As Bay Area natives famously known for our love for boba (also a shared obsession among our friends), we knew we had to bring it to our wedding. And the boba was a hit! We catered it from our favorite tea shop in Cupertino, paired with delicious peasant food catered by the Go Streatery food truck (oxtail and grits, anyone?). Dessert wasn’t complete without the Taiwanese egg tarts and Italian cookies, favorite comfort foods from both families. With his love for coffee, we catered from Mission Coffee, a local coffee shop we used to walk to from our homes in our younger days. Lemon zeppoles also reflected his Italian heritage and love for cooking.
What was totally not worth it:
We realized that a lot of our decor never made it to the tables because we lost a lot of preparation time with so much going on. It was disappointing after the wedding to see boxes still taped up and never opened. We definitely should have planned for more time to set up because we had created so many detailed pieces for centerpieces and decor.
A few things that helped us along the way:
We had an immense amount of help from our family, who doubled our budget when they saw that we really wanted to save for our future. We also had a lot of friends and family involved from the set up to the clean up of the wedding, allowing us to focus our budget on the important purchases.
My best practical advice for my planning self:
The day really does go by in a blur! My best practical advice is to have a more intimate, smaller wedding if you are a couple that enjoys the slower moments. In hindsight, we spent a lot of resources and energy on details that weren’t all that important. Planning a wedding on Pinterest didn’t help either, as we got lost in the myriad of ideas and inspiration. Lock down your style and stick to it! Then focus on the important moments, like the first look and the vows, rather than things.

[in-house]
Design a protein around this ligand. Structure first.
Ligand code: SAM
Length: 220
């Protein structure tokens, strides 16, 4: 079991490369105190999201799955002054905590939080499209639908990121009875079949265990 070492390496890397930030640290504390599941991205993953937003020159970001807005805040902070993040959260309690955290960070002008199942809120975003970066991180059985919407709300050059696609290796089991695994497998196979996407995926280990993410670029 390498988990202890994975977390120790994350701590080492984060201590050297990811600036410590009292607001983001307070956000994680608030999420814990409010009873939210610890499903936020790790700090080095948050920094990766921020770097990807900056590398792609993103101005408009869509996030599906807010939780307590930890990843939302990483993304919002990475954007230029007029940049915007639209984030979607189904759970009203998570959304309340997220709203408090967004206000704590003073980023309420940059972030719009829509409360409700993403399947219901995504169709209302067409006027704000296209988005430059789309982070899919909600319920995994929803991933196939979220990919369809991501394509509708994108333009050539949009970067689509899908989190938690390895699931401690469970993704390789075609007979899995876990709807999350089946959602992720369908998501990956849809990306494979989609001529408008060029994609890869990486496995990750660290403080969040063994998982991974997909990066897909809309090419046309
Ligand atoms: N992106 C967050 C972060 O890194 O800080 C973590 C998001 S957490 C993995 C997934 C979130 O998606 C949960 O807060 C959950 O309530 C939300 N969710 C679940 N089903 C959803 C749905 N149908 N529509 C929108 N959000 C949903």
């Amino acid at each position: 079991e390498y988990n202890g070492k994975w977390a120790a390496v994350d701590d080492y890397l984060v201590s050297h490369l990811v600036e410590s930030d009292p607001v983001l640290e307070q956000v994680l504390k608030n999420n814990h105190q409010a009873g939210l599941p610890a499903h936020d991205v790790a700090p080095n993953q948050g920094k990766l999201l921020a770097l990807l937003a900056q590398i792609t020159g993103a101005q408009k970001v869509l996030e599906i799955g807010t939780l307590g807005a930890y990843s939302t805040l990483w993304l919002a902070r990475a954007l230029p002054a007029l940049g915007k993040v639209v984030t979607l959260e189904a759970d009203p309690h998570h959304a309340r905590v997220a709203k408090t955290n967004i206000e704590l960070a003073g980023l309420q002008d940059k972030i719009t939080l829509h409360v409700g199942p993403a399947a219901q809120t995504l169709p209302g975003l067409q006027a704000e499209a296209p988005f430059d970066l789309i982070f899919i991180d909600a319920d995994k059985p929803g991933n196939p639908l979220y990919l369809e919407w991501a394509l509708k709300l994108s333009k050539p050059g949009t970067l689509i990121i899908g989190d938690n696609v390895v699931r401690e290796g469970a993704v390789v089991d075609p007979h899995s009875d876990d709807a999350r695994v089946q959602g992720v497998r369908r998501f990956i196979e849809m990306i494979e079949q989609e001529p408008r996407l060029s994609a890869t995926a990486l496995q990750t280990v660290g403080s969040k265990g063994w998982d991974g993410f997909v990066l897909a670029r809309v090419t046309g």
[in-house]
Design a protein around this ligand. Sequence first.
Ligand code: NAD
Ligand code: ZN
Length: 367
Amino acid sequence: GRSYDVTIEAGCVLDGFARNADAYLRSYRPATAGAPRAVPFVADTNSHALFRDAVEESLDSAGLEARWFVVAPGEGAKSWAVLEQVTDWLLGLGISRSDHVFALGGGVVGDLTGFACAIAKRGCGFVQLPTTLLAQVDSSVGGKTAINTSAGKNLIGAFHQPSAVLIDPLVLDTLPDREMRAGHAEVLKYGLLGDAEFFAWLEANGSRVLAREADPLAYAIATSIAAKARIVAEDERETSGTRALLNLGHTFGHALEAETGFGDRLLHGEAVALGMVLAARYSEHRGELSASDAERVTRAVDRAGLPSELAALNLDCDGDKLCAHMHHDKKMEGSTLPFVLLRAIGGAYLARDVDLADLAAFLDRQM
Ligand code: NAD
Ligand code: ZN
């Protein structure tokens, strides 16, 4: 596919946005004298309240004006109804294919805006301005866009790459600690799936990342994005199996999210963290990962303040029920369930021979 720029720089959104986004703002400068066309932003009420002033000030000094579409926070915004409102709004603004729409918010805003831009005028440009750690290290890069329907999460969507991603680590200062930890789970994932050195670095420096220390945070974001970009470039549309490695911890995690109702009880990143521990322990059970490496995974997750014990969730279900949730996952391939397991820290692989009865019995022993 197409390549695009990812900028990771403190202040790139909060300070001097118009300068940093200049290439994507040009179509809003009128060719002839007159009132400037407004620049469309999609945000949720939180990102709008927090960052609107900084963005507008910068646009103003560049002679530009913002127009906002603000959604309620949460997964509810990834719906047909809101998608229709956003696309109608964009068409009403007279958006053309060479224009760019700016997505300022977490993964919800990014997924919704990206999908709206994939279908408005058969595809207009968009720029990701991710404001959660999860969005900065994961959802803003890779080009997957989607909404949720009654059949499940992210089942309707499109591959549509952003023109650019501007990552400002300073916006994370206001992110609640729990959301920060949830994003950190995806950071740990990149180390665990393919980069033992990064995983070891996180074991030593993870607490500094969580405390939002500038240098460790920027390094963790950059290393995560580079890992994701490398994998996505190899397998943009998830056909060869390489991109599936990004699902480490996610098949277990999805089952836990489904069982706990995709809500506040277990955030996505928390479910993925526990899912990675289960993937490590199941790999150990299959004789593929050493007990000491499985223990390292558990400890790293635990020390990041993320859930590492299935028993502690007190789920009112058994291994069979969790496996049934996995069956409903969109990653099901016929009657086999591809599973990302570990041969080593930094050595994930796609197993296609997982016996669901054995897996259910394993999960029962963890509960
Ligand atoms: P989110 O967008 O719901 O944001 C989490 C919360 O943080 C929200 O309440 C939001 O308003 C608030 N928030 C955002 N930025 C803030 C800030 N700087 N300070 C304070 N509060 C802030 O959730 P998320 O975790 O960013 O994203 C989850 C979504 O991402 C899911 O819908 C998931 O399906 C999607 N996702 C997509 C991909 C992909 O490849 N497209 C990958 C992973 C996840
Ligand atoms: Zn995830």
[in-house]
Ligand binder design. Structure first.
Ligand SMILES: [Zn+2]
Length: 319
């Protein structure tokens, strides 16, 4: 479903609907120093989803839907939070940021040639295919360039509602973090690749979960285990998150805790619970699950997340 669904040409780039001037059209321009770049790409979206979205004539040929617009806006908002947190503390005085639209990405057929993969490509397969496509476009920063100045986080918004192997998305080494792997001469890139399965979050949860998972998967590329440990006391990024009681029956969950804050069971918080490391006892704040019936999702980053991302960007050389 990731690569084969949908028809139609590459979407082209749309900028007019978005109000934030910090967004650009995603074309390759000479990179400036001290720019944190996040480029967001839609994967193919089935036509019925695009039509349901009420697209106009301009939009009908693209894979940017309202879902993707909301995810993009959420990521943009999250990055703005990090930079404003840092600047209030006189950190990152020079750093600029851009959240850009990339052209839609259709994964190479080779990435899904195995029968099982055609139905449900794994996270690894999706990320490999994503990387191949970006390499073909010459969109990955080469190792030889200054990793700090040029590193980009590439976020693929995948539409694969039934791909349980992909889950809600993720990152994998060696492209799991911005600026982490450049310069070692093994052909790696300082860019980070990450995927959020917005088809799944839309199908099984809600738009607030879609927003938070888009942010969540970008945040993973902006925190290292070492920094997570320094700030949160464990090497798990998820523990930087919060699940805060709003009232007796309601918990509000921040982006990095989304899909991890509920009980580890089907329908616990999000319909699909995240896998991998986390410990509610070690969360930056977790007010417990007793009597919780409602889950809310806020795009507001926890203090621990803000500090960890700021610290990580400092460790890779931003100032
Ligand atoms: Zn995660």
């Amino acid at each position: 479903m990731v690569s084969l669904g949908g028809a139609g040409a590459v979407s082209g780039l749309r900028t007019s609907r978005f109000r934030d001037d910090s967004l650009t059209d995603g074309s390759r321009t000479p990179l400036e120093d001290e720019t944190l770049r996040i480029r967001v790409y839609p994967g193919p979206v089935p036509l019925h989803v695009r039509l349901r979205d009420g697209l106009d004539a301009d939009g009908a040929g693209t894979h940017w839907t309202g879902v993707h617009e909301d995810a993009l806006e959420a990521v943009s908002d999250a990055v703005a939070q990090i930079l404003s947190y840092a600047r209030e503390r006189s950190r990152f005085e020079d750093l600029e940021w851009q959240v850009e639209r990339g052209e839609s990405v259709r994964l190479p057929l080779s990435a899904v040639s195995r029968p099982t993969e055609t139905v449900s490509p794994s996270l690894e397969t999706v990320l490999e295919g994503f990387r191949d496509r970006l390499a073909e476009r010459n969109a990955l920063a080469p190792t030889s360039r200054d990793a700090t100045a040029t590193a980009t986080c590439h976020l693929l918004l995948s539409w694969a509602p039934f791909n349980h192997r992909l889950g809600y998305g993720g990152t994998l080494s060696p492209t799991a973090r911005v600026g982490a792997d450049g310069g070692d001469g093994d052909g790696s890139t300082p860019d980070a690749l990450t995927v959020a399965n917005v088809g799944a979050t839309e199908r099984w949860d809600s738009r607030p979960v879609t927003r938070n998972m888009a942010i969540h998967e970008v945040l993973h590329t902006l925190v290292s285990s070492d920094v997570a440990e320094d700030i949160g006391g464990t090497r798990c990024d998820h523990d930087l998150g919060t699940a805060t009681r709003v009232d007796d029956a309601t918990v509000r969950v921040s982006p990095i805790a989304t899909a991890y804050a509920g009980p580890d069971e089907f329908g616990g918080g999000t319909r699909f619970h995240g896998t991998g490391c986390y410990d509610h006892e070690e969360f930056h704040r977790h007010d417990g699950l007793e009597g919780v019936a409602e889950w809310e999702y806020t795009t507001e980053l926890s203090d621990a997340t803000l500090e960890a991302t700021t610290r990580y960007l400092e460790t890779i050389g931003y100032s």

Favorite thing about the wedding:
Our wedding reflected our love and life story with each detail carefully picked out for the day. We had our park venue in mind early in the planning process, located in the city where we met and fell in love. With a grand vision in mind, we constructed a gold and floral archway with ropes for the ceremony, complemented by hand-cut antique books planted with succulents. Under this very archway, we each shared own handwritten vows. Her vows had him and their guests in tears.
Anything else to share:
Having our own wedding jump-started my own beginning for working in the wedding industry! After everything settled down, I started doing floral design, event planning, and engagement and wedding photography. It was such a great opportunity to take everything I had learned to help other couples on their special day. Plus, we were able to sell a lot of our wedding items (including the dress!), to invest in our future work.